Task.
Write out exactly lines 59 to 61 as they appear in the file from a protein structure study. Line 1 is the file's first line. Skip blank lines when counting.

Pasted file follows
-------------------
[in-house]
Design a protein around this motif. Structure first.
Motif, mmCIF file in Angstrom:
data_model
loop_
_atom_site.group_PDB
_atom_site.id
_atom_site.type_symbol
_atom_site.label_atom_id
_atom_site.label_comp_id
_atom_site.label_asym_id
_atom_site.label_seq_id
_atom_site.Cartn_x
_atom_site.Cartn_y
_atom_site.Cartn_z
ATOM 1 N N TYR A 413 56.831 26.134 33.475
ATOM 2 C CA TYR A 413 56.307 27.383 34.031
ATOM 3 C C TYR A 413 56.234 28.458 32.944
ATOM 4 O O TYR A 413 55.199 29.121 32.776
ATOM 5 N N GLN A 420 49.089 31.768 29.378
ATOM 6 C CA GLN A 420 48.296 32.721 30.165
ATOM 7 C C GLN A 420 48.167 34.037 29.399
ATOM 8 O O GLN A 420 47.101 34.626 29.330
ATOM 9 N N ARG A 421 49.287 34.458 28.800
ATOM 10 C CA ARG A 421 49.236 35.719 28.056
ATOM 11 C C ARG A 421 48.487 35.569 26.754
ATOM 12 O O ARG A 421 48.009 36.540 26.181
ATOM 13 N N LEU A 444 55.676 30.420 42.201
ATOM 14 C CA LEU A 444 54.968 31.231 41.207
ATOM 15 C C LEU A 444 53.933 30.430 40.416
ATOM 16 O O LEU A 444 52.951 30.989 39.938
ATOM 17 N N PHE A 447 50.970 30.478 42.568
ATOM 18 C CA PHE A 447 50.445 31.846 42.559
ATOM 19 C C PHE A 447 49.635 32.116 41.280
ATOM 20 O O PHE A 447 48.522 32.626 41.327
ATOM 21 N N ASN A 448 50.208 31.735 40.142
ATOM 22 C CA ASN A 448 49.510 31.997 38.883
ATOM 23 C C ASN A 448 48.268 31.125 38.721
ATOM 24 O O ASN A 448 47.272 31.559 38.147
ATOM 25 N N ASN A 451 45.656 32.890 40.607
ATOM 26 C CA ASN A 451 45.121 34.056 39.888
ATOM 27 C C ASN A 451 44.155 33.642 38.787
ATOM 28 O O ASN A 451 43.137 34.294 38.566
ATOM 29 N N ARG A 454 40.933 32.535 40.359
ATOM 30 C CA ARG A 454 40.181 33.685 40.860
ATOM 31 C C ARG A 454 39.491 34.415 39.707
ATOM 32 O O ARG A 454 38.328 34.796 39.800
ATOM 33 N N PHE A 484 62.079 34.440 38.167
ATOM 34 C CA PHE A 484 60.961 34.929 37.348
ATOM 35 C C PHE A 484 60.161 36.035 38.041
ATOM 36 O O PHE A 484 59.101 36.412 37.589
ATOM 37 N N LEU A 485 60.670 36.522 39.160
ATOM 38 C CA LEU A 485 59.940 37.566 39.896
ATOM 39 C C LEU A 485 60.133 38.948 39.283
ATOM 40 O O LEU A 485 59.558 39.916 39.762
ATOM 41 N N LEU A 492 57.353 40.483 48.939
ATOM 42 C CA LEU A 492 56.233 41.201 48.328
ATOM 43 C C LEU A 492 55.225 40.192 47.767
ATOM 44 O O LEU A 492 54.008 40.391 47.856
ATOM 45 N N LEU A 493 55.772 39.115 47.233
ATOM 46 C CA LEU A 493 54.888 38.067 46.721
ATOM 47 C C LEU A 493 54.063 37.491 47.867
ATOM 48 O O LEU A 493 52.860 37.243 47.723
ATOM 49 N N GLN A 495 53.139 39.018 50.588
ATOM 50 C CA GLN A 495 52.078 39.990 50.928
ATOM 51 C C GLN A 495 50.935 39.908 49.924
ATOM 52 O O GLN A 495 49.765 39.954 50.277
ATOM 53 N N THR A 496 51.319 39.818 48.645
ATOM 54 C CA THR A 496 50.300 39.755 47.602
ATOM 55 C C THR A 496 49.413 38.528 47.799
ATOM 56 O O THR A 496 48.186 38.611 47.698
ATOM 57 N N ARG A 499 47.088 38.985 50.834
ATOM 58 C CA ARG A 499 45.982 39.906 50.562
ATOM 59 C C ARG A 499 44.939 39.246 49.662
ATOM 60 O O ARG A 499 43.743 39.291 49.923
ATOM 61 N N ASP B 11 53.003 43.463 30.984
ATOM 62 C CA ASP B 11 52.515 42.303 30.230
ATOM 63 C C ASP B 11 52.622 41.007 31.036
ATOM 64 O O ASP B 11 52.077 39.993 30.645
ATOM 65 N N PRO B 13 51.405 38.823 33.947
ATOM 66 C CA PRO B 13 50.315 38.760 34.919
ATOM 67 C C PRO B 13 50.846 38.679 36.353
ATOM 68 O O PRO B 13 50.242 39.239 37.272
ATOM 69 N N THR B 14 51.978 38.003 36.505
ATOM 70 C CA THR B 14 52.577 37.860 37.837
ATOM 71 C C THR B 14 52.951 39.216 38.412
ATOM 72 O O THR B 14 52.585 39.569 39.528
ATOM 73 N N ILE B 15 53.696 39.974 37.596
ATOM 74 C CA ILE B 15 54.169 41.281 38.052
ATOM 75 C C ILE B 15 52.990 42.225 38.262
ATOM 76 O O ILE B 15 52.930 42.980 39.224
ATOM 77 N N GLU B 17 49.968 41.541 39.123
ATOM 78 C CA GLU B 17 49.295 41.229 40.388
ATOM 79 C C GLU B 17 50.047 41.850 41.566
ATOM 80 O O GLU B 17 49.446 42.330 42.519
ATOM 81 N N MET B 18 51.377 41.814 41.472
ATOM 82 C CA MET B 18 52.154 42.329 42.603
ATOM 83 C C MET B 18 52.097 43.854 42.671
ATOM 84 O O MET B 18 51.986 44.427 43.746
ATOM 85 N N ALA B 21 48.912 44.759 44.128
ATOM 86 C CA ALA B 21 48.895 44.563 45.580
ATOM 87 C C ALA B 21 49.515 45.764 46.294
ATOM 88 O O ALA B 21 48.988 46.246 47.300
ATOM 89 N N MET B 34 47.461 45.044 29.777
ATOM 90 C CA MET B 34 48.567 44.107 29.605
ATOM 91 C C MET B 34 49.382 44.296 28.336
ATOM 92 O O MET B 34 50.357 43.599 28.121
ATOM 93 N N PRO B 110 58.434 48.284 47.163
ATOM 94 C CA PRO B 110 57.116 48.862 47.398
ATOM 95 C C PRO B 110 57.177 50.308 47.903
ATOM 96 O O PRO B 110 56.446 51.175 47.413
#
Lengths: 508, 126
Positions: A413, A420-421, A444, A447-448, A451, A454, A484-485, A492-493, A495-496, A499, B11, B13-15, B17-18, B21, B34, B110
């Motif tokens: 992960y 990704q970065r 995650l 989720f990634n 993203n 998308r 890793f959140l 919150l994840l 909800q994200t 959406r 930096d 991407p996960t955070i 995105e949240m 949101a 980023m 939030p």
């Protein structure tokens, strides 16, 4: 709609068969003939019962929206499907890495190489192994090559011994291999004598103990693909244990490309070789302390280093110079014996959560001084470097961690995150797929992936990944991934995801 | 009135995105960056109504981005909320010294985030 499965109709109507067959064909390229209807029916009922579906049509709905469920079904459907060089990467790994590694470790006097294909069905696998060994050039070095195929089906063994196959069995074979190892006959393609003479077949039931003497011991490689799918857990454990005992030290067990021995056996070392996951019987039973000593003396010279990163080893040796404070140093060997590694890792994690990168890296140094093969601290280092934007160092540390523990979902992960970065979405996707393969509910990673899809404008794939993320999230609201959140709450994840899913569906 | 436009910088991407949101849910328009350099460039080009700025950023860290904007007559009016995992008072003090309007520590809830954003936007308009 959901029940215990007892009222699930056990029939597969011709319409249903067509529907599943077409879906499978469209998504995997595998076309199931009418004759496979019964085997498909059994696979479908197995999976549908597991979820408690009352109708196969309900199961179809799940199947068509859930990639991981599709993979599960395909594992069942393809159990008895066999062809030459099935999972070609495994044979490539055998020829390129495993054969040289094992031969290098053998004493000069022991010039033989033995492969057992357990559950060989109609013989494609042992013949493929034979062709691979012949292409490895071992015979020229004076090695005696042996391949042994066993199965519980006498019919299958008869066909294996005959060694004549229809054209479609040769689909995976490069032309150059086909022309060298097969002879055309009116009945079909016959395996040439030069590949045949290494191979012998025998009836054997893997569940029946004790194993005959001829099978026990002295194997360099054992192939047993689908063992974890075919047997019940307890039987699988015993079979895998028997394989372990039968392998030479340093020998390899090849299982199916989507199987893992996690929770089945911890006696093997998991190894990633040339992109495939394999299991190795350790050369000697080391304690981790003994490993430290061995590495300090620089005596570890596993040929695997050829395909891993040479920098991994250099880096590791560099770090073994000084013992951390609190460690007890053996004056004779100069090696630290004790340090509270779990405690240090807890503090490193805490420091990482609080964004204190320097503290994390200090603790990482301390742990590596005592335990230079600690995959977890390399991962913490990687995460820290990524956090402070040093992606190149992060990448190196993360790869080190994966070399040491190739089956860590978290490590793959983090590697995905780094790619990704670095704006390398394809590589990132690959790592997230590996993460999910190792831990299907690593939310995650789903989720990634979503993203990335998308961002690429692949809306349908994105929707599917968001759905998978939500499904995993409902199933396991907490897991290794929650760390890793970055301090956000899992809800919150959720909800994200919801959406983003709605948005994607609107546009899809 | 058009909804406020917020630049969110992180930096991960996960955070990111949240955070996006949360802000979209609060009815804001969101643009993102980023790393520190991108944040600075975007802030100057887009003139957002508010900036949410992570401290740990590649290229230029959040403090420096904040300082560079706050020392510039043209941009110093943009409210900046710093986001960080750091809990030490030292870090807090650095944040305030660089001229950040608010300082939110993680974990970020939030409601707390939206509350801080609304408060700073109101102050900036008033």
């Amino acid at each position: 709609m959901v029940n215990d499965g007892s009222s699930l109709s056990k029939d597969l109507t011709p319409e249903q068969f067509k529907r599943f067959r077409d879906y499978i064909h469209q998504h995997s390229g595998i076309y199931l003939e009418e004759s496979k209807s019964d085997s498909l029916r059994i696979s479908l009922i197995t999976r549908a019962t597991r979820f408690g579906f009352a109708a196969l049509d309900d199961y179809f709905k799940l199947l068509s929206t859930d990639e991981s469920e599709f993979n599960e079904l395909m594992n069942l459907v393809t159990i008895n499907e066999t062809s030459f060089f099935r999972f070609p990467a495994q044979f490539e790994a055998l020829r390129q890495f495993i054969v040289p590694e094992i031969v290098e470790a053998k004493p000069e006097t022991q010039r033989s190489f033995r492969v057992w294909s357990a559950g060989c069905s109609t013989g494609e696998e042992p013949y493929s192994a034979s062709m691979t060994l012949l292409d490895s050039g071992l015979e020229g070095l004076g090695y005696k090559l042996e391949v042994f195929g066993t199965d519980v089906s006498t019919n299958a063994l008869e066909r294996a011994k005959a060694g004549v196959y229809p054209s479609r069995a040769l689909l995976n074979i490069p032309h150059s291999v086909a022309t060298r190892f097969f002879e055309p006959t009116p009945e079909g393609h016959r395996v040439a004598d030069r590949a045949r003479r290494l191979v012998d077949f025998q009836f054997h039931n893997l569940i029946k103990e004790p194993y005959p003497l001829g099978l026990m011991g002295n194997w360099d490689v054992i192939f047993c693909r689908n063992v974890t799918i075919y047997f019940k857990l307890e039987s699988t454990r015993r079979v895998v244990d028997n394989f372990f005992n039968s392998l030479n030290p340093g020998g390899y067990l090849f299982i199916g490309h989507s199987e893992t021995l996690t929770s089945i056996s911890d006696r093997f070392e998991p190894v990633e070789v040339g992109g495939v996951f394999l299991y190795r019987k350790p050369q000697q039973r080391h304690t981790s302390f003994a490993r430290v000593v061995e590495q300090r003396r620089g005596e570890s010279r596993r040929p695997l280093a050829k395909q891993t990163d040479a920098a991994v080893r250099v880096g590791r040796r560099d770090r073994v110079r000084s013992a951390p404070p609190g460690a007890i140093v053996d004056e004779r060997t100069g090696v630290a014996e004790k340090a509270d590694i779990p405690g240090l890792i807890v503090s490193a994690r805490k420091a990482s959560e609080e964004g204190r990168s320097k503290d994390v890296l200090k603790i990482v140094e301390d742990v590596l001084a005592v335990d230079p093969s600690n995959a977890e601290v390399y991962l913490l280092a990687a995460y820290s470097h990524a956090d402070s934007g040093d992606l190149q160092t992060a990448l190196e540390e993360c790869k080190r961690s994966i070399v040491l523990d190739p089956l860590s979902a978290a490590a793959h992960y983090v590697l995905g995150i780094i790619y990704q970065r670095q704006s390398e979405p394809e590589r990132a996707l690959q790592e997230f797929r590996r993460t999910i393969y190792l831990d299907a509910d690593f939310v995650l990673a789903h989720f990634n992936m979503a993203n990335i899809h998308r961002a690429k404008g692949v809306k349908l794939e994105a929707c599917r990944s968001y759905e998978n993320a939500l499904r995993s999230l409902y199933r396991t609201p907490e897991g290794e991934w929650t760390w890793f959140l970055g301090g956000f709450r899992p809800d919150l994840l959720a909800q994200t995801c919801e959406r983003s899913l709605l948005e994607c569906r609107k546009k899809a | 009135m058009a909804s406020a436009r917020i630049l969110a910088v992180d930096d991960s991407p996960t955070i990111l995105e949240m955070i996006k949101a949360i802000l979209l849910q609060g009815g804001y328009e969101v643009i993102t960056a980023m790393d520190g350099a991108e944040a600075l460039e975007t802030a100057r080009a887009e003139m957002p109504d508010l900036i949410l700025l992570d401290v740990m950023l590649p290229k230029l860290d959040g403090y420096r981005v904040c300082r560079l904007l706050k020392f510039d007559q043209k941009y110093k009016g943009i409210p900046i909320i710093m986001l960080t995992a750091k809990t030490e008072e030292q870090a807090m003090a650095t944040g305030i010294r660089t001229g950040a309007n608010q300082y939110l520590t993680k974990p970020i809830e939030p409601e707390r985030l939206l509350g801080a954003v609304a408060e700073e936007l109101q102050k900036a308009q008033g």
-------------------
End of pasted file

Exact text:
ATOM 44 O O LEU A 492 54.008 40.391 47.856
ATOM 45 N N LEU A 493 55.772 39.115 47.233
ATOM 46 C CA LEU A 493 54.888 38.067 46.721